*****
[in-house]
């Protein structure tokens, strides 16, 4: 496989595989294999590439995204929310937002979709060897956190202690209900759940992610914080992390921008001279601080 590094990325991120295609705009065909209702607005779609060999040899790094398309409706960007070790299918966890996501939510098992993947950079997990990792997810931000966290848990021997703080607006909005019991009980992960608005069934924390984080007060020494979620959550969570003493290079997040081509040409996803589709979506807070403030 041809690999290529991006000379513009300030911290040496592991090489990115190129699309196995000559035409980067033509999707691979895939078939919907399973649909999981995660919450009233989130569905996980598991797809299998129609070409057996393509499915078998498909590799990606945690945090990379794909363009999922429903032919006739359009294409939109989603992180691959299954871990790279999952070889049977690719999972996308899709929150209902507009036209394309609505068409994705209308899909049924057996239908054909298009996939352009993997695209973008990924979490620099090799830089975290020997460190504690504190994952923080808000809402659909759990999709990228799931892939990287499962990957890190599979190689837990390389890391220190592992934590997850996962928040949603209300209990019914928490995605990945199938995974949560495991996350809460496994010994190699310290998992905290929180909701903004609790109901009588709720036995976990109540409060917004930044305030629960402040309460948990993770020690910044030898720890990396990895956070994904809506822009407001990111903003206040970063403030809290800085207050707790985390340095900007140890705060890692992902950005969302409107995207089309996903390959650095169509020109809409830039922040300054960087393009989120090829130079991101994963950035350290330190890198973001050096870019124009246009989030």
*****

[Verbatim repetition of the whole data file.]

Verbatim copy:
[in-house]
């Protein structure tokens, strides 16, 4: 496989595989294999590439995204929310937002979709060897956190202690209900759940992610914080992390921008001279601080 590094990325991120295609705009065909209702607005779609060999040899790094398309409706960007070790299918966890996501939510098992993947950079997990990792997810931000966290848990021997703080607006909005019991009980992960608005069934924390984080007060020494979620959550969570003493290079997040081509040409996803589709979506807070403030 041809690999290529991006000379513009300030911290040496592991090489990115190129699309196995000559035409980067033509999707691979895939078939919907399973649909999981995660919450009233989130569905996980598991797809299998129609070409057996393509499915078998498909590799990606945690945090990379794909363009999922429903032919006739359009294409939109989603992180691959299954871990790279999952070889049977690719999972996308899709929150209902507009036209394309609505068409994705209308899909049924057996239908054909298009996939352009993997695209973008990924979490620099090799830089975290020997460190504690504190994952923080808000809402659909759990999709990228799931892939990287499962990957890190599979190689837990390389890391220190592992934590997850996962928040949603209300209990019914928490995605990945199938995974949560495991996350809460496994010994190699310290998992905290929180909701903004609790109901009588709720036995976990109540409060917004930044305030629960402040309460948990993770020690910044030898720890990396990895956070994904809506822009407001990111903003206040970063403030809290800085207050707790985390340095900007140890705060890692992902950005969302409107995207089309996903390959650095169509020109809409830039922040300054960087393009989120090829130079991101994963950035350290330190890198973001050096870019124009246009989030």